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Innocence Project a ‘safety net’ in justice system

SINGAPORE — A group of National University of Singapore (NUS) law students have launched a project to provide recourse for individuals who believe they have been wrongfully convicted of crimes.

SINGAPORE — A group of National University of Singapore (NUS) law students have launched a project to provide recourse for individuals who believe they have been wrongfully convicted of crimes.

Called the Innocence Project, which students say is the first of its kind here, it is based on the view that even in the best of criminal justice systems, error cannot be completely ruled out.

The project is a collaborative effort between the NUS Criminal Justice Club, the Law Society of Singapore and the Association of Criminal Lawyers of Singapore (ACLS).

It is limited to applicants who claim to be factually innocent of the crime for which they have been convicted, have exhausted all avenues of appeal open to them and have served or are currently serving a prison sentence.

Student members of the project, in consultation with Professor Michael Hor and Assistant Professor Cheah Wui Ling, will make a preliminary assessment on the merit of applications. Where approval is granted by faculty advisers, the applications will be brought to lawyers from the Law Society of Singapore and the ACLS.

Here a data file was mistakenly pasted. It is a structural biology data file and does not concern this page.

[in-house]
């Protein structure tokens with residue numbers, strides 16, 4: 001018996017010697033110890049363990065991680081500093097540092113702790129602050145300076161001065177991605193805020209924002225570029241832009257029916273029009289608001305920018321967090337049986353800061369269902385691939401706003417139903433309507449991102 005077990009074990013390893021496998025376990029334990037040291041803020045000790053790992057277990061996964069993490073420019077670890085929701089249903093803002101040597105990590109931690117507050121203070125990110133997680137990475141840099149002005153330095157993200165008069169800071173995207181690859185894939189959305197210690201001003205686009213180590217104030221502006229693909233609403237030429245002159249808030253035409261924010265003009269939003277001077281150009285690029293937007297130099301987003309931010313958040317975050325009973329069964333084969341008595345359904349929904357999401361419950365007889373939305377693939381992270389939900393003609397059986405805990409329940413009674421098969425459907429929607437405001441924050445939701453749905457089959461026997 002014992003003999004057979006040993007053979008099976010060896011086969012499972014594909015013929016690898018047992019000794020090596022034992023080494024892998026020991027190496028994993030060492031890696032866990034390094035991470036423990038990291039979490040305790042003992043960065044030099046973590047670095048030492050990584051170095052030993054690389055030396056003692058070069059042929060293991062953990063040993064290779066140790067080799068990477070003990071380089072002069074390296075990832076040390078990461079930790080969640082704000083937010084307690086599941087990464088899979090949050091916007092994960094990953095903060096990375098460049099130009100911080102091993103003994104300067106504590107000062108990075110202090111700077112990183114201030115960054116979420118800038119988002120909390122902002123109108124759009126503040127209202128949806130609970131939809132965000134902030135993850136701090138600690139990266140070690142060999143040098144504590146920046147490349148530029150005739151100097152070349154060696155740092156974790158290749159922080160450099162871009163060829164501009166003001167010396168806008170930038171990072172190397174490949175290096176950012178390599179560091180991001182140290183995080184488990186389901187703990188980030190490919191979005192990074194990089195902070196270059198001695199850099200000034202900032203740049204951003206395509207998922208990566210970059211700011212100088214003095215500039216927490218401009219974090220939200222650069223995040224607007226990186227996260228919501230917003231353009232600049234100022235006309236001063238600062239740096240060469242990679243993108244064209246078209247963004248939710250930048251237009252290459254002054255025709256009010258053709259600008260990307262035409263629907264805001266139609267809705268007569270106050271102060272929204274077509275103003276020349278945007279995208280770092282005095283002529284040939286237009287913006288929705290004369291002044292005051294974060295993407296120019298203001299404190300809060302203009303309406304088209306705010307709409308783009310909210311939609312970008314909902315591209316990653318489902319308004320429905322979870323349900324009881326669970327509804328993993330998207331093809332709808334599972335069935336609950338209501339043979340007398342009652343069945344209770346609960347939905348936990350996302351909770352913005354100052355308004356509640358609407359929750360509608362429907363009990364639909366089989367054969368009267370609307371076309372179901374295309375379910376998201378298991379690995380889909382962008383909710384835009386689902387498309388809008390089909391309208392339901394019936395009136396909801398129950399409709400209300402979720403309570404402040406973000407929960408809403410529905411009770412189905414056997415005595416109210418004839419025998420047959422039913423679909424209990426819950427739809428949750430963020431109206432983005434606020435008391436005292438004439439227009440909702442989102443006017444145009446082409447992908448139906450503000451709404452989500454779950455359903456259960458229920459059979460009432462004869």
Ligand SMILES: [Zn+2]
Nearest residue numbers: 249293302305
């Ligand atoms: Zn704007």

Further discussion on the merits of each application will take place between lawyers and the students, following which lawyers may take on the case in a pro-bono capacity.

Students say the project is positioned as a “safety net” to the criminal justice system, and aims to complement the existing criminal justice process. By assessing claims of wrongful conviction on their merits, in consultation with experienced law professors and criminal law practitioners, the project will increase public confidence in the criminal justice process. The project will also serve a role in promoting student interest in the practice of criminal law.

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